This paper describes the rehabilitation of a patient following a medial meniscus transplant. Both preoperative and postoperative history and relevant physical findings are presented. Rehabilitation goals and the corresponding treatment plan are discussed, with an emphasis on functional outcomes. A general framework for treatment addressing impairment and functional goals is outlined. Progression of the rehabilitation program was based on surgical precautions and the patient's tolerance to the exercise progression. This case study demonstrates that appropriate surgical intervention combined with a properly designed rehabilitation program contributed to the improved functional abilities of this patient.
Kyoungyoun Park, Thomas Ksiazek and Bernadette Olson
impairments and completed individualized vestibular rehabilitation therapy (VRT) demonstrated improved patient outcomes. 13 These VRT programs focused on promoting vestibular adaptation and substitution to enhance gaze and postural stability, improved vertigo, and returned patients to productive activities
Woubeshet Ayenew, Emily C. Gathright, Ellen M. Coffey, Amber Courtney, Jodi Rogness and Andrew M. Busch
established psychiatric treatment settings may mitigate some of the access-related barriers to behavior change in SMI populations. Indeed, a behavioral intervention that connected to patients through outpatient psychiatric rehabilitation programs demonstrated promising effects on weight loss 9 and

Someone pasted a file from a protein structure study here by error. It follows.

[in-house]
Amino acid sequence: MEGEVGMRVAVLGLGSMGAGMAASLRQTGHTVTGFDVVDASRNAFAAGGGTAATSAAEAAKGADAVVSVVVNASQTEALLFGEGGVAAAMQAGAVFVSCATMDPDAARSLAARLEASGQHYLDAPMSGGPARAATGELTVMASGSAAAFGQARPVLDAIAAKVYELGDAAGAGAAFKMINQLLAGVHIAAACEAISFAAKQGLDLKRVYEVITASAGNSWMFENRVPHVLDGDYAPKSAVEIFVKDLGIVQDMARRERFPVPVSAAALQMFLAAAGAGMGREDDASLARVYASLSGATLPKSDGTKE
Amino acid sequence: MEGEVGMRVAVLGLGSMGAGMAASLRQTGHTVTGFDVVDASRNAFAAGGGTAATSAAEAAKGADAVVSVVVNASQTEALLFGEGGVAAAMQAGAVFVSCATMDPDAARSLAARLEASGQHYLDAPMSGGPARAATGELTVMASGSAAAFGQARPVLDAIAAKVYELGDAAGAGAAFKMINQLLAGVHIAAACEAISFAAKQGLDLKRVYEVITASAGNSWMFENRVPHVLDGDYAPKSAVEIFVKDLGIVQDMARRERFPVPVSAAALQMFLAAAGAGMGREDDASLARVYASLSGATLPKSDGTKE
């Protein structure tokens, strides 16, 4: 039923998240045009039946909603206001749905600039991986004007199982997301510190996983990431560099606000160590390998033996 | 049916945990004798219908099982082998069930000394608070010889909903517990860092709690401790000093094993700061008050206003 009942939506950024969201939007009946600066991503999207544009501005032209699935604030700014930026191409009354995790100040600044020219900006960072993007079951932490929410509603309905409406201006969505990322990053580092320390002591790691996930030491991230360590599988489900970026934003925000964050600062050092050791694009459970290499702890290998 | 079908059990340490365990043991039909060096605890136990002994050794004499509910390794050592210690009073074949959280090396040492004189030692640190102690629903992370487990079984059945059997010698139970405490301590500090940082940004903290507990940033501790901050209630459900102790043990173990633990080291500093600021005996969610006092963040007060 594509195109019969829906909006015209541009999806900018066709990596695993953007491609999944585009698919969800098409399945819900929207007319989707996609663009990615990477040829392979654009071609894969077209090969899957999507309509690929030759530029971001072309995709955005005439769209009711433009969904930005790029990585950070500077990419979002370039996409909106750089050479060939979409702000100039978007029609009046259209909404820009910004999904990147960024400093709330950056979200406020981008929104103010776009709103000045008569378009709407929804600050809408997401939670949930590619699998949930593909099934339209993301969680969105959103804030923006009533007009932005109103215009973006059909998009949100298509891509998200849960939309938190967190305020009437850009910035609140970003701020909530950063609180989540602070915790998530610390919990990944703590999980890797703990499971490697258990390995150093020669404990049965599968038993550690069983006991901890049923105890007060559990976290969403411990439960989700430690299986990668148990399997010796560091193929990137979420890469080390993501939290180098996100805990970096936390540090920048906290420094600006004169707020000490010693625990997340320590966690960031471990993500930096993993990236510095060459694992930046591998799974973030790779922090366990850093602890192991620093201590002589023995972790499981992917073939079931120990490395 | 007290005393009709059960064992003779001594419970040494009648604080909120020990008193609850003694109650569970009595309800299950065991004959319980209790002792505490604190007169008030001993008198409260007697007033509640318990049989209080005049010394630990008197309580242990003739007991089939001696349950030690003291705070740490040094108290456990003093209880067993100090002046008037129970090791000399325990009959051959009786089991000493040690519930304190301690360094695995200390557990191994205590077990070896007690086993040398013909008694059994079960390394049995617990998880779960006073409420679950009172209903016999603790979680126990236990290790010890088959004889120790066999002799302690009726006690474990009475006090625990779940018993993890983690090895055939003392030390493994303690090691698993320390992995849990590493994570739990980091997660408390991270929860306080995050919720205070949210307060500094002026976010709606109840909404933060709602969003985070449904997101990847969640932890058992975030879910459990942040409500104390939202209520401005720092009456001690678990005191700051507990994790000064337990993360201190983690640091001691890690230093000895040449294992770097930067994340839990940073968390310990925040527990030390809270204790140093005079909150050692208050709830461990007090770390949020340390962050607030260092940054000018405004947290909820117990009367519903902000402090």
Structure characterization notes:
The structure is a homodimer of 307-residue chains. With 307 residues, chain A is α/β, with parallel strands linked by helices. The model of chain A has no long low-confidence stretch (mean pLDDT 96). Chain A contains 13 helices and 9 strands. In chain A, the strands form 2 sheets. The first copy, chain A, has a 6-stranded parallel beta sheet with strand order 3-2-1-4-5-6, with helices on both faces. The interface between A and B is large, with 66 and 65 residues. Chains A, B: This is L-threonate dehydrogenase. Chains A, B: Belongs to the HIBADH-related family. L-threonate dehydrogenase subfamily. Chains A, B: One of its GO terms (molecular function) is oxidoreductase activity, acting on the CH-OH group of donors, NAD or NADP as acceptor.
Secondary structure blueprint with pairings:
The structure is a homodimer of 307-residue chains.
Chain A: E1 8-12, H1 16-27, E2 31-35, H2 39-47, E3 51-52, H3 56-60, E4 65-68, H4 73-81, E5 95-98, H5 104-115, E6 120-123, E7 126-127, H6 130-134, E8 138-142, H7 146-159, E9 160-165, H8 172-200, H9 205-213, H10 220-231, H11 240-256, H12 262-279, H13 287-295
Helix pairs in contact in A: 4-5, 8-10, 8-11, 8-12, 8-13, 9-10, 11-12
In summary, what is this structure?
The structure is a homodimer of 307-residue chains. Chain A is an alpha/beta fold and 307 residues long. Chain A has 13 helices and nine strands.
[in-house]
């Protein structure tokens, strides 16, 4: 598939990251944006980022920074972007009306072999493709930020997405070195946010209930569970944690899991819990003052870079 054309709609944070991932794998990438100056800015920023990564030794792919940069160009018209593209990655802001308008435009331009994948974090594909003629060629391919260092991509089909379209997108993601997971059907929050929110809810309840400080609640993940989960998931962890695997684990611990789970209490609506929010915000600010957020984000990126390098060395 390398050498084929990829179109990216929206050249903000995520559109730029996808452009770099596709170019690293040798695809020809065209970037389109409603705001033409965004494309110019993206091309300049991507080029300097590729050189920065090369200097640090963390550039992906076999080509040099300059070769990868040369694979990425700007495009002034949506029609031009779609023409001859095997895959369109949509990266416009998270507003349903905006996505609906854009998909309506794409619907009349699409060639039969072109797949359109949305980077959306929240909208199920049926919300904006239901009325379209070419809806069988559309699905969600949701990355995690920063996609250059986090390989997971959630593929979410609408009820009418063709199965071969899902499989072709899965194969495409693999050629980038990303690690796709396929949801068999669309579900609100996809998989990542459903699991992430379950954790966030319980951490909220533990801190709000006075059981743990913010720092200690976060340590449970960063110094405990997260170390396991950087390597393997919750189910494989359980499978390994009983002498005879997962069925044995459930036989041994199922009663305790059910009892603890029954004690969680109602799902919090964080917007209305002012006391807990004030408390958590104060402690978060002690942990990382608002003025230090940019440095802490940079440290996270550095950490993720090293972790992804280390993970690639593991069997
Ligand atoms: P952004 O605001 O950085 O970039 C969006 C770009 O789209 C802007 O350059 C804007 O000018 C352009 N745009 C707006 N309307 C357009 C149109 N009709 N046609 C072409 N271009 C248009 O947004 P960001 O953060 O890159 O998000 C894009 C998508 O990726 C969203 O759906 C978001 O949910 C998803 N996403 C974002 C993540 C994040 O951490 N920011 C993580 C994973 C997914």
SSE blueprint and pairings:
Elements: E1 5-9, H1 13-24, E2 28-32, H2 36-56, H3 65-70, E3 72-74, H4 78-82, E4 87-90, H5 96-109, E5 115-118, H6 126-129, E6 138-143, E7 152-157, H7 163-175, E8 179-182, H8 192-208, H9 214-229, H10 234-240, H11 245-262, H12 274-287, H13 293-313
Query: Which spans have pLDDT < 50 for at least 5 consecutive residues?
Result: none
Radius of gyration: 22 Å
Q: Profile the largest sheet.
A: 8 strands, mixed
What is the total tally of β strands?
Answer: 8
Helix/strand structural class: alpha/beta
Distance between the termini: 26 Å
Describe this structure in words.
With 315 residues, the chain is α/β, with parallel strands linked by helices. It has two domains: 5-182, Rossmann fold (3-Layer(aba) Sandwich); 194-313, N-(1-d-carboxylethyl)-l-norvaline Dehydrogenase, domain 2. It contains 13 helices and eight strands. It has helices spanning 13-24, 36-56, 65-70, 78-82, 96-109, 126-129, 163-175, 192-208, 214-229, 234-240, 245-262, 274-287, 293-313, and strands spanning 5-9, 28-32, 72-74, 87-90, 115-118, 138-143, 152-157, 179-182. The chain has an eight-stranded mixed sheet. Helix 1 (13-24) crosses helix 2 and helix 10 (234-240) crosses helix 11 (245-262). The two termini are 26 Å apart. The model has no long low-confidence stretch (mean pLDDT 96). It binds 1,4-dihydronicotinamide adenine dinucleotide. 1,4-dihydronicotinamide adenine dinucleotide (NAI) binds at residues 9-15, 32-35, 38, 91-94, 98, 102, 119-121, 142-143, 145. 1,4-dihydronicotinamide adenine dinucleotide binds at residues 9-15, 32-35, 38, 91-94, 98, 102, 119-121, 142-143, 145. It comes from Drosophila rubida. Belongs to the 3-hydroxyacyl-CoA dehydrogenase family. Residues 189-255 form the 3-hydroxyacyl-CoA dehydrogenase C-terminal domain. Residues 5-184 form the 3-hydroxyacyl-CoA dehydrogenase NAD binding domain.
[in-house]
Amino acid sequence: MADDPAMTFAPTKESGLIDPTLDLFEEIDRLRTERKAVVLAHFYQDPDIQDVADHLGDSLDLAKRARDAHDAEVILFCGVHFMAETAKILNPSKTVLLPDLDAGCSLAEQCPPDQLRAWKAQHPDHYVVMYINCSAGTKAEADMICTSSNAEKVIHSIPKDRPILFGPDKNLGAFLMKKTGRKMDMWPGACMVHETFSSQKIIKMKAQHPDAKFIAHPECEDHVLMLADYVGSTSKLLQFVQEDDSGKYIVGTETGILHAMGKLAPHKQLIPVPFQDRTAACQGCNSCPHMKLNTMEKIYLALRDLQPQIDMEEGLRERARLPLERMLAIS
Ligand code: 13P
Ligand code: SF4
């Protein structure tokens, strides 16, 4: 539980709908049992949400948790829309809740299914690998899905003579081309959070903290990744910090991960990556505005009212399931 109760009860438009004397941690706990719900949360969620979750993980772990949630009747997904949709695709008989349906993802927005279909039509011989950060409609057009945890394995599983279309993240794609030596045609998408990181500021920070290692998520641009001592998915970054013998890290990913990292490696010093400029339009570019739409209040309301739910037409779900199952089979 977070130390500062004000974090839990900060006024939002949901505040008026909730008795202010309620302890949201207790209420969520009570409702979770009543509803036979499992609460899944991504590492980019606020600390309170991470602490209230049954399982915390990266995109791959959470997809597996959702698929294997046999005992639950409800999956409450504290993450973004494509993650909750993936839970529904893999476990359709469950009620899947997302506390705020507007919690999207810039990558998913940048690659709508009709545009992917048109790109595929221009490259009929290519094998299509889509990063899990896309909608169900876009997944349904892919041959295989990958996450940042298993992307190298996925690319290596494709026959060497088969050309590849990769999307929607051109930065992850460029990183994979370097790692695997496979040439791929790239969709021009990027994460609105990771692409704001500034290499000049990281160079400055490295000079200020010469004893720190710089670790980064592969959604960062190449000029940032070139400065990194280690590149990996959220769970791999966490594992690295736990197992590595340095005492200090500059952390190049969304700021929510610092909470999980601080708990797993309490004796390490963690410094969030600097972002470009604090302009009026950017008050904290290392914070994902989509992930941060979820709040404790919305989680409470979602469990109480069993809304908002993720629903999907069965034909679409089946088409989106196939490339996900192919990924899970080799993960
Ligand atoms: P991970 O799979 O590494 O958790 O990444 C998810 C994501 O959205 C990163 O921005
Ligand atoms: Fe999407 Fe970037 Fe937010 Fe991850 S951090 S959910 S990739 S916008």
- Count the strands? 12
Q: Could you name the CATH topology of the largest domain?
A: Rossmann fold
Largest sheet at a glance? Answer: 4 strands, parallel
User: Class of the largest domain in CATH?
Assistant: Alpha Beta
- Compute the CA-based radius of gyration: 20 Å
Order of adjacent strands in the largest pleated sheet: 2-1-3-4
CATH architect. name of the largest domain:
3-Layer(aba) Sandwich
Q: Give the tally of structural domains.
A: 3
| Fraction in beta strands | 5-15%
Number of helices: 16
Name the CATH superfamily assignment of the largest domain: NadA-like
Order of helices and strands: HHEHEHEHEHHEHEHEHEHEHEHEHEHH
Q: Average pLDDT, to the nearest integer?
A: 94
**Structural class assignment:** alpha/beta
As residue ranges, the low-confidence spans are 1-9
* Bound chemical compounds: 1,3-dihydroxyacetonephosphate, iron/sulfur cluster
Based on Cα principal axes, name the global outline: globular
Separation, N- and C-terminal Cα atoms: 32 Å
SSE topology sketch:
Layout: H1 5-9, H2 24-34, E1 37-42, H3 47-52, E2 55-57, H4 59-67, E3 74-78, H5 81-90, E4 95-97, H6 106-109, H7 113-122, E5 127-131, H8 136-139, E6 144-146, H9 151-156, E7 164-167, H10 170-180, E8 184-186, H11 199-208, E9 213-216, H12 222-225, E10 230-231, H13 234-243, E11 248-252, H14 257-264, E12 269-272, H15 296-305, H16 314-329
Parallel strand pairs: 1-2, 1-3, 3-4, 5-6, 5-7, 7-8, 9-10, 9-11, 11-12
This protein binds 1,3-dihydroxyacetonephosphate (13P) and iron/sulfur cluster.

Jessica J. DeGaetano, Andrew T. Wolanin, Donald R. Marks and Shiloh M. Eastin
The purpose of this study was to explore the influence of psychosocial factors and psychological flexibility on rehabilitation protocol adherence in a sample of injured collegiate athletes. Self-report measures were given to injured athletes before the start of a physical rehabilitation protocol. Upon completion of rehabilitation, each athlete was assessed by the chief athletic trainer using a measure of rehabilitation adherence. Correlational analyses and bootstrapped logistic regression analyses were conducted to determine whether broad psychosocial factors and level of psychological flexibility predicted engagement and adherence to a rehabilitation protocol. Psychological flexibility, as measured on the Acceptance and Action Questionnaire (2nd ed.; Bond et al., 2011), contributed significantly to the overall logistic regression model. Study findings suggested that assessment of psychological flexibility could give medical providers a way to evaluate both quickly and quantitatively potentially problematic behavioral responding among injured athletes, allowing for more effective adherence monitoring.
Peggy A. Houglum
When soft tissue is injured, it must follow a complex healing process. The sports medicine specialist delivering care to an injured athlete should have an appreciation and understanding of the phases and timing of the healing process so that appropriate, efficient, and effective rehabilitation program may be established. This paper presents an overview of the chemical and cellular activity involved in soft tissue healing, with emphasis on those aspects that can be affected by a rehabilitation program. Outside factors commonly used in sports injury care and how they may influence tissue healing are addressed. Guidelines are presented for establishing a sports rehabilitation program based on the physiological effects of the healing process. Various aspects of a rehabilitation program must be carefully coordinated with the timing of tissue healing and designed in a logical sequence to permit successful rehabilitation of the injured athlete in an optimal and efficient manner.